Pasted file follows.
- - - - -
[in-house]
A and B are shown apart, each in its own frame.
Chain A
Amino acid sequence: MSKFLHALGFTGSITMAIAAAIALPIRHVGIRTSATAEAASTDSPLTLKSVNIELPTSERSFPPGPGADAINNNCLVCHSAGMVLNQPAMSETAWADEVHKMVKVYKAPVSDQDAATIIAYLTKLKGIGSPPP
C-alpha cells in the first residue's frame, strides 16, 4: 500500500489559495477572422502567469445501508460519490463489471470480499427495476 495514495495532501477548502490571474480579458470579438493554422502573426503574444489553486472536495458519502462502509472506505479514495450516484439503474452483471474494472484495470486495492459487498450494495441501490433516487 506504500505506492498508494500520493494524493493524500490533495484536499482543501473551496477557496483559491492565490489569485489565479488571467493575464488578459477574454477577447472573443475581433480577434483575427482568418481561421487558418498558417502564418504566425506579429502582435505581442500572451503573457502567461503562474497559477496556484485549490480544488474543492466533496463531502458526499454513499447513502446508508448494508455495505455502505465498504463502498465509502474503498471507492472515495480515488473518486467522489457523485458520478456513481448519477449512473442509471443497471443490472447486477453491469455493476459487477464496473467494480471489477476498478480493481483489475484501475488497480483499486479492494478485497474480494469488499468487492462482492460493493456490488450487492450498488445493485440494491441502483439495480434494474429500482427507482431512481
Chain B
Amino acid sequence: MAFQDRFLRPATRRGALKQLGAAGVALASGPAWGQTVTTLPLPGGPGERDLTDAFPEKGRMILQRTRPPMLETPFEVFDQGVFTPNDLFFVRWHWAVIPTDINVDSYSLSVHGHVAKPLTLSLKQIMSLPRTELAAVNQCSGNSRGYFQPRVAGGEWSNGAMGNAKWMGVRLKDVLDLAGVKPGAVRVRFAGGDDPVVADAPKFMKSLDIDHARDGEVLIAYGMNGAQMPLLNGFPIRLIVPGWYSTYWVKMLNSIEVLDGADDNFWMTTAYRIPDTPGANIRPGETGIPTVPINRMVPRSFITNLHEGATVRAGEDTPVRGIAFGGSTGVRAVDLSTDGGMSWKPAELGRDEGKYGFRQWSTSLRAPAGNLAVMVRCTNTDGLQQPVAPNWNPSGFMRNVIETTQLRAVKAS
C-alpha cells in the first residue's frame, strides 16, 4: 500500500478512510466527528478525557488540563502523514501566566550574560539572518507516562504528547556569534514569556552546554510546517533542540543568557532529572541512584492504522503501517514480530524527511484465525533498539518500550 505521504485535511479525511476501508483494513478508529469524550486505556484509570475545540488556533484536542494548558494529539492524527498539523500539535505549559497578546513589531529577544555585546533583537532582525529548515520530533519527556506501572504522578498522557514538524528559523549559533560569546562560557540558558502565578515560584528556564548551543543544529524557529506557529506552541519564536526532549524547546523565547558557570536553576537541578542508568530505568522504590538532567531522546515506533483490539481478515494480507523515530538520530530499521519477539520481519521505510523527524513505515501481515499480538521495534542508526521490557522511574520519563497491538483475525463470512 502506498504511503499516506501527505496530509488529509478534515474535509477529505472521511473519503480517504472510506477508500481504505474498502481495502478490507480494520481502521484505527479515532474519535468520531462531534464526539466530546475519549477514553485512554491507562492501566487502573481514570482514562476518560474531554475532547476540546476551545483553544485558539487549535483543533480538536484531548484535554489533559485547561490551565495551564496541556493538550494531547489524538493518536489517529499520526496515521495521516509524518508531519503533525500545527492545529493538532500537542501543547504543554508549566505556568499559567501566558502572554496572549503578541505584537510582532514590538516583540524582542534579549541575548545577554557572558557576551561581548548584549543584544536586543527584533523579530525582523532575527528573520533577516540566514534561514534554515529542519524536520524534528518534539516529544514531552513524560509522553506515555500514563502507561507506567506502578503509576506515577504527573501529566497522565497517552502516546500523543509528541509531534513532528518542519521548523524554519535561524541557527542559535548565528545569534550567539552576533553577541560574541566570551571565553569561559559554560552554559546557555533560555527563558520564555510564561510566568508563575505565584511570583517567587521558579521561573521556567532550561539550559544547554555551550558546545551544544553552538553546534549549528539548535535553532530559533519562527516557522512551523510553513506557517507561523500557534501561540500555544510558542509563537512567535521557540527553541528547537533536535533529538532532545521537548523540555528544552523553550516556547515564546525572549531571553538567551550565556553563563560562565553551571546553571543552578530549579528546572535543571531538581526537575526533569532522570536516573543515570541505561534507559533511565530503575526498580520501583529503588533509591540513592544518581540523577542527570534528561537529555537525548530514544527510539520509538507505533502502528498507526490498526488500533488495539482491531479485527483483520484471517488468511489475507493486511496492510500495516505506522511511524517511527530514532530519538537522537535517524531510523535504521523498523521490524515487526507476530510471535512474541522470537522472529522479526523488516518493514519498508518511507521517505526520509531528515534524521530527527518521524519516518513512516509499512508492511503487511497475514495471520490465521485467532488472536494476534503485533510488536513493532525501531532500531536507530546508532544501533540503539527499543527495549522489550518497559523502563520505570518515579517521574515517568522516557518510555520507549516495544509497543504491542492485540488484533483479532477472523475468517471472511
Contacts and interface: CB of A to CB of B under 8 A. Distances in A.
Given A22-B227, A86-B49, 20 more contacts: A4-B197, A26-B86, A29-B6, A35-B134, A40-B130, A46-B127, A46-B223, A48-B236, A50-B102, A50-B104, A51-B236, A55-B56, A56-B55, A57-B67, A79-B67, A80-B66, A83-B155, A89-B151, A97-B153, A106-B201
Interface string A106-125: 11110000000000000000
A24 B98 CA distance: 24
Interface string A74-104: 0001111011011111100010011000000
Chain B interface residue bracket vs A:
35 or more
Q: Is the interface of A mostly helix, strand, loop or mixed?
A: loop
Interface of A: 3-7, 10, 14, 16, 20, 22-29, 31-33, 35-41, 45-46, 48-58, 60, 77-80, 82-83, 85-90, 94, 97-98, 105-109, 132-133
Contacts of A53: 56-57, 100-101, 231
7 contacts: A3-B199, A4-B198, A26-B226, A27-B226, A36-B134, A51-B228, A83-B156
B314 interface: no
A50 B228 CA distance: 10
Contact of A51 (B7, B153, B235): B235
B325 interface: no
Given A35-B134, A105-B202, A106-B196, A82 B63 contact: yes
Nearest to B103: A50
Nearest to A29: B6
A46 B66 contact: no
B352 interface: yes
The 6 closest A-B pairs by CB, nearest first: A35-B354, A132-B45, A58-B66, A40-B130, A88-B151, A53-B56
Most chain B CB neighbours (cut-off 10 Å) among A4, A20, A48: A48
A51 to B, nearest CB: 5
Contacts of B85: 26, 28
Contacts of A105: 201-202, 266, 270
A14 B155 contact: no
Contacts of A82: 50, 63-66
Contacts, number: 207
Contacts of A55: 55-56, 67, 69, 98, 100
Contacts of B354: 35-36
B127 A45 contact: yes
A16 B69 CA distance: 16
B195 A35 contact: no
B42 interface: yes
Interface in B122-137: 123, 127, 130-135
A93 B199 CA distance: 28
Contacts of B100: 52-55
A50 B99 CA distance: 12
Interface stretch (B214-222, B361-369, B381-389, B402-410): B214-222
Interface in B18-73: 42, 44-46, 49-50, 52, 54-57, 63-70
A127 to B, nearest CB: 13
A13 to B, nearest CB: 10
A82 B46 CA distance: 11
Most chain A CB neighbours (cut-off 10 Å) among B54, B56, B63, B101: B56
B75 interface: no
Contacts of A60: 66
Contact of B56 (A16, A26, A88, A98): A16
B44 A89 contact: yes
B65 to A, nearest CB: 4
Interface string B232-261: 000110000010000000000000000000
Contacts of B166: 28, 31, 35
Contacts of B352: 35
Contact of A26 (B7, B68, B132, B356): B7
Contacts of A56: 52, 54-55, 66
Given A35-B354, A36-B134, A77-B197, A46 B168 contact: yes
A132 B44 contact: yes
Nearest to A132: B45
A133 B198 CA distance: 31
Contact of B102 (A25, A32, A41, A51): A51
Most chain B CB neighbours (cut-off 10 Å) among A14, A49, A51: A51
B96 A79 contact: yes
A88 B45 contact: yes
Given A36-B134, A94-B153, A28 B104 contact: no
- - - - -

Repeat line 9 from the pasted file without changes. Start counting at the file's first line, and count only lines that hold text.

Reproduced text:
Contacts and interface: CB of A to CB of B under 8 A. Distances in A.